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Paul and Cruz Chart Different Paths to Senate (and National) Power
Posted at 4:46 p.m. on Sept. 24, 2013
Both Ted Cruz of Texas and Rand Paul of Kentucky might be beloved by the conservative base, but the way they deal with colleagues and the Senate institution highlights that not all tea party darlings are alike.
And their differences may foreshadow their distinct futures within the party, particularly as the 2016 presidential sweepstakes begins to shake out in the coming years.
As we reported Monday, Cruz is causing some heartburn for the National Republican Senatorial Committee, as he is both vice chairman of the committee and actively involved with the Senate Conservatives Fund, a group known for its anti-incumbent activity against Republicans.
Cruz also has created an uncomfortable situation for his colleagues by setting up an artificial win-lose scenario for the GOP on a pending stopgap bill. In effect, he has been arguing that if Republicans don’t filibuster the bill that defunds Obamacare, then they lose the battle to defund Obamacare. But many Republicans have been grumbling that Cruz has prevented them from making the debate on the continuing resolution about cutting spending — a fight the GOP has won consistently over the past few years.
The maneuvering isn’t making Cruz any friends in his first year in Washington and neither, apparently, is his attitude.
Meanwhile, Paul has been more deliberate in his Senate strategy, even if he is lumped into Arizona GOP Sen. John McCain’s infamous “whacko bird” category.
Paul has long cultivated a relationship with Senate Minority Leader Mitch McConnell, R-Ky., and he backed off his support of the Senate Conservatives Fund once he officially decided to back McConnell’s 2014 re-election bid.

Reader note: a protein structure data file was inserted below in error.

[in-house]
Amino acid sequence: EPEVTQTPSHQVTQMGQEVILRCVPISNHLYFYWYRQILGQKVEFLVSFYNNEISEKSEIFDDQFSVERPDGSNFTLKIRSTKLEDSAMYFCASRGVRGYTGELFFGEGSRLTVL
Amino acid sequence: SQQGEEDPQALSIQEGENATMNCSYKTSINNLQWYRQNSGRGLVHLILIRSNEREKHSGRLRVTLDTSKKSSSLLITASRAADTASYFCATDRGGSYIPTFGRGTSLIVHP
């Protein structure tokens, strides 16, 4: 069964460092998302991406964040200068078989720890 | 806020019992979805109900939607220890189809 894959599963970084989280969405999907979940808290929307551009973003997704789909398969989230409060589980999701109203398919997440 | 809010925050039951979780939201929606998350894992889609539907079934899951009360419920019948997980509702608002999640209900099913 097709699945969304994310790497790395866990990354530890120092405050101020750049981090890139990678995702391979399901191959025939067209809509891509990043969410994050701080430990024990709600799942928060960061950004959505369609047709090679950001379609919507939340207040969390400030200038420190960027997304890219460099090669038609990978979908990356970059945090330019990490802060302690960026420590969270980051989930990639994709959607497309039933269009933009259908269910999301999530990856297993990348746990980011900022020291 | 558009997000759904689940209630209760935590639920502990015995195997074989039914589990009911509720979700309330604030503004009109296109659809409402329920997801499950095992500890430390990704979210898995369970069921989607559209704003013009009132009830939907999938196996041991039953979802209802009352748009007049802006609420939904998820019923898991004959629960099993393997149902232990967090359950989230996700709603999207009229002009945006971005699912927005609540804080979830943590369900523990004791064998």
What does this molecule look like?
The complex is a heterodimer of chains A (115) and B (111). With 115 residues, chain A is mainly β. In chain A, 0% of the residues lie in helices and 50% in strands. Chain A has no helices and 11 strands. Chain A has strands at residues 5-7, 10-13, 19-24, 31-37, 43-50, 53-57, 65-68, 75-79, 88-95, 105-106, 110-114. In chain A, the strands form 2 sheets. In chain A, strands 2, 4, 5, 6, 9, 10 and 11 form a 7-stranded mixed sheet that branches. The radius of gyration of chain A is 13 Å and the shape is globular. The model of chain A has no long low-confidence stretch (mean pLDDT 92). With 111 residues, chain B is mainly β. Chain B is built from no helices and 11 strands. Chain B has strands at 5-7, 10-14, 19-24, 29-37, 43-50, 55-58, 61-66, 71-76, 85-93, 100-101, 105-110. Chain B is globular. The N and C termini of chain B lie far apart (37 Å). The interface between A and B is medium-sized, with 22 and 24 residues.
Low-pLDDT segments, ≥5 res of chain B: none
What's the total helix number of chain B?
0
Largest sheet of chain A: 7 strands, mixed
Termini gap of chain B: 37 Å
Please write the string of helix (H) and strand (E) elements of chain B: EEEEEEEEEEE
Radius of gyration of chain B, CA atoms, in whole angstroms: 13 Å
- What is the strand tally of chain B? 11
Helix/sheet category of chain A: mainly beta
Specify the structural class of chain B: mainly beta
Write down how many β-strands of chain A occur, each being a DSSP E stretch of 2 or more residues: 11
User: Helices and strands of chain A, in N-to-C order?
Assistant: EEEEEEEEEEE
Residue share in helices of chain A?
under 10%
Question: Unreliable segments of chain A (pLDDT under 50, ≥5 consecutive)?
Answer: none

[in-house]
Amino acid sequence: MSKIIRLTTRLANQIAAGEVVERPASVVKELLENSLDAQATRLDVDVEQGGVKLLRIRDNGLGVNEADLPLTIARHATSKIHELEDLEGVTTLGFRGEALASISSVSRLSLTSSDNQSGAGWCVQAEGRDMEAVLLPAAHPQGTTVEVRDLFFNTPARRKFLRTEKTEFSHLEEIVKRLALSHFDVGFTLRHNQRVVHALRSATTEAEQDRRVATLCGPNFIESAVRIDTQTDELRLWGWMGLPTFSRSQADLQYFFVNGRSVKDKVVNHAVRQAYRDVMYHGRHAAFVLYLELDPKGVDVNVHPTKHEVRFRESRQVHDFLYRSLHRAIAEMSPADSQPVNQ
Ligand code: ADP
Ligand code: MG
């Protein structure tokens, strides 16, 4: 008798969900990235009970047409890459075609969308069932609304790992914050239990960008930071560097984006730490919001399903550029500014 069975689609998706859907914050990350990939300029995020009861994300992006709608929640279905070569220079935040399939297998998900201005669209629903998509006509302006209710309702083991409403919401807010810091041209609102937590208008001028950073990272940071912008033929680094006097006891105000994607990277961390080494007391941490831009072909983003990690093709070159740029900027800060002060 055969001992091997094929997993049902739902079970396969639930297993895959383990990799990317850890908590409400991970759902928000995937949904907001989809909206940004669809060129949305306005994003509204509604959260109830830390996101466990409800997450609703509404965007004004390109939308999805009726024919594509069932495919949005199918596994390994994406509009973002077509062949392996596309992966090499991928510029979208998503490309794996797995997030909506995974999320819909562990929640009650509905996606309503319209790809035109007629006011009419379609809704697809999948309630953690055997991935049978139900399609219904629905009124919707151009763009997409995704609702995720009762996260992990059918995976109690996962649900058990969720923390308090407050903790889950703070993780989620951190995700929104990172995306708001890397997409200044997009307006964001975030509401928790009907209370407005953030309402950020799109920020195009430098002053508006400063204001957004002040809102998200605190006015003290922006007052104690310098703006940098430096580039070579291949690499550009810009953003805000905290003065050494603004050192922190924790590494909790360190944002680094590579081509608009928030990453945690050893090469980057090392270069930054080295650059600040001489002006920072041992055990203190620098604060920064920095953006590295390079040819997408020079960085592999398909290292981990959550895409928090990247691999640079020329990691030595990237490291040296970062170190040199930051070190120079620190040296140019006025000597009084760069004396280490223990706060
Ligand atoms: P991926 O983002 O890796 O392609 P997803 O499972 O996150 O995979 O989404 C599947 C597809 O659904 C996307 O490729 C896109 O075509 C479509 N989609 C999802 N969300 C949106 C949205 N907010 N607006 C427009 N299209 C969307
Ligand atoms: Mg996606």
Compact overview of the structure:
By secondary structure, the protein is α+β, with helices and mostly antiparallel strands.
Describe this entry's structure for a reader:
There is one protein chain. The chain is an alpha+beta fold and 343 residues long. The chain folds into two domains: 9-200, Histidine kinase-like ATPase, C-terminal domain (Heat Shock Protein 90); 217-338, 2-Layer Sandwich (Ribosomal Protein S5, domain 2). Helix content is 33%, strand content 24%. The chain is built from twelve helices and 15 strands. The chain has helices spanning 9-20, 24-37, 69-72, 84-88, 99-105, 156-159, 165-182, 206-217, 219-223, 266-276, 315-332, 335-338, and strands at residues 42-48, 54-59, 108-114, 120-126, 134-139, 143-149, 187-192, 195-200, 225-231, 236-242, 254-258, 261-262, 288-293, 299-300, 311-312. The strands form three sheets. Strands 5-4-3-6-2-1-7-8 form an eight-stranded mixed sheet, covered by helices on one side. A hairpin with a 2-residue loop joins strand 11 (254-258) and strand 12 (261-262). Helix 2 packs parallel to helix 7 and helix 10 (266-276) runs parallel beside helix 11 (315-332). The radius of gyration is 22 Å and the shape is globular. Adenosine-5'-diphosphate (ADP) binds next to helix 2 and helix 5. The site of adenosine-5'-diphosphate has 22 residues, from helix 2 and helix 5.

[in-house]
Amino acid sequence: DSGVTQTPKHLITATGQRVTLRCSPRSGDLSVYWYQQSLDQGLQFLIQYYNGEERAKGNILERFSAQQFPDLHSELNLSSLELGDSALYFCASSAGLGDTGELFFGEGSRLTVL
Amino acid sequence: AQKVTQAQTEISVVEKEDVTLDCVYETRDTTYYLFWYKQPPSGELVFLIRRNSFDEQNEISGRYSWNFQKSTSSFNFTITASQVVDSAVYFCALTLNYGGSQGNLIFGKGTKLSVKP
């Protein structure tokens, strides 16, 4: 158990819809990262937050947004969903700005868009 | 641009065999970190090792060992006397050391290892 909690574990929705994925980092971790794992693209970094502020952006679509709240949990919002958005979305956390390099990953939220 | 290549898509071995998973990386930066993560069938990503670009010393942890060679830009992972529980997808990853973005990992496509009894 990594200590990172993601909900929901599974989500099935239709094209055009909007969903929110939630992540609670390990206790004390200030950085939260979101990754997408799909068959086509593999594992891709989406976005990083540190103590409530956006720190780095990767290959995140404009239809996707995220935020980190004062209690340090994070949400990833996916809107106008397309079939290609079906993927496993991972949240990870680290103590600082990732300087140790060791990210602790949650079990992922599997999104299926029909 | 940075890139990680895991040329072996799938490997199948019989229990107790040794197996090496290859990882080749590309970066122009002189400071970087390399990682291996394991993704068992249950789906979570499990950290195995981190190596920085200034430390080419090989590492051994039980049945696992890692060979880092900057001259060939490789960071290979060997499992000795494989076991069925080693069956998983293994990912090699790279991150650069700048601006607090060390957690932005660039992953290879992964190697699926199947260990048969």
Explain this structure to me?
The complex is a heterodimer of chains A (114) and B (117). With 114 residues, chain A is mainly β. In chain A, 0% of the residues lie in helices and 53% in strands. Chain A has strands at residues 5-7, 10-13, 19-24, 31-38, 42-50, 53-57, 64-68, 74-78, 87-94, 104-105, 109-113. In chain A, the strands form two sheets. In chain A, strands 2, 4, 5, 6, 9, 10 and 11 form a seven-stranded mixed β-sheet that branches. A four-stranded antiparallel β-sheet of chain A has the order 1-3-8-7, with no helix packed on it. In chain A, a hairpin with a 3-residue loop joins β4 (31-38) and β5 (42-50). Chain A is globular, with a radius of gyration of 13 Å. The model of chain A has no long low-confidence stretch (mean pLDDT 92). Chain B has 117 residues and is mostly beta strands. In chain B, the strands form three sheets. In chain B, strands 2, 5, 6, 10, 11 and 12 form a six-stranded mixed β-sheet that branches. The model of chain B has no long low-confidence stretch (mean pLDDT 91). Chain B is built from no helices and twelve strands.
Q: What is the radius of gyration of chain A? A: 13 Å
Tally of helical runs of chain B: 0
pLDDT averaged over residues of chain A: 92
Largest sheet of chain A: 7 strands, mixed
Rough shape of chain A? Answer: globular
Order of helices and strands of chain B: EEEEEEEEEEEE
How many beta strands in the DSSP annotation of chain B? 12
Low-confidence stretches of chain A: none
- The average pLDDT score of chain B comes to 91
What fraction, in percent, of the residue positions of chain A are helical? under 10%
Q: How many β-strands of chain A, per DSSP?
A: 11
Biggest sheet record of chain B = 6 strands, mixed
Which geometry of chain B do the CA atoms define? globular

The SCF seems likely to endorse McConnell’s conservative opponent, Matt Bevin. The Paul-McConnell relationship has resulted in a more coherent legislative strategy for Paul, who often gets votes on his amendments at the expense of more veteran senators. Though those amendments rarely get enough votes for adoption, Paul generally heralds having a vote as a victory for his particular “weltanschauung.”
Even in the 2010 class of senators packed with conservatives, Paul has tried to be considerate with his colleagues. Last Congress, more established GOP senators privately complained that those in the tea party wing of the GOP conference seemed to be talking AT them. But while Paul often disagreed with longer-serving members, he attempted to hear his fellow senators out, aides said at the time. Plus, he has teamed up with Democrats on national security legislation and has proved himself capable of working in a bipartisan way on other bills.
It’s unclear that Cruz will be able to do the same in the years to come. He seems to be positioning himself more as a Jim DeMint-type figure, who used his perch as a South Carolina senator to shape national politics but not necessarily policy. DeMint founded the Senate Conservatives Fund and is now the head of The Heritage Foundation.
Notably, Rand Paul actually did hold up Senate consideration of John O. Brennan’s nomination to be CIA director when he staged a 13-hour filibuster in March. Cruz, at the time of this post, is on the Senate floor vowing to speak until he can no longer stand about his effort to filibuster a House-passed spending bill that would defund Obamacare. But Cruz’s gambit will not work, because Senate Majority Leader Harry Reid, D-Nev., set up a crucial test vote for Wednesday and many Republicans are expected to vote against any attempted filibuster.
Moreover, it’s no secret that both Paul and Cruz harbor greater political ambition, given both are rumored to be weighing bids for president in 2016. But if things go the way they’re going now, Cruz’s Canadian citizenship might not be the only roadblock to higher office for him. Grass-roots support is necessary but not sufficient for a national campaign. Financial backing and a Beltway network to build a profile often is also required.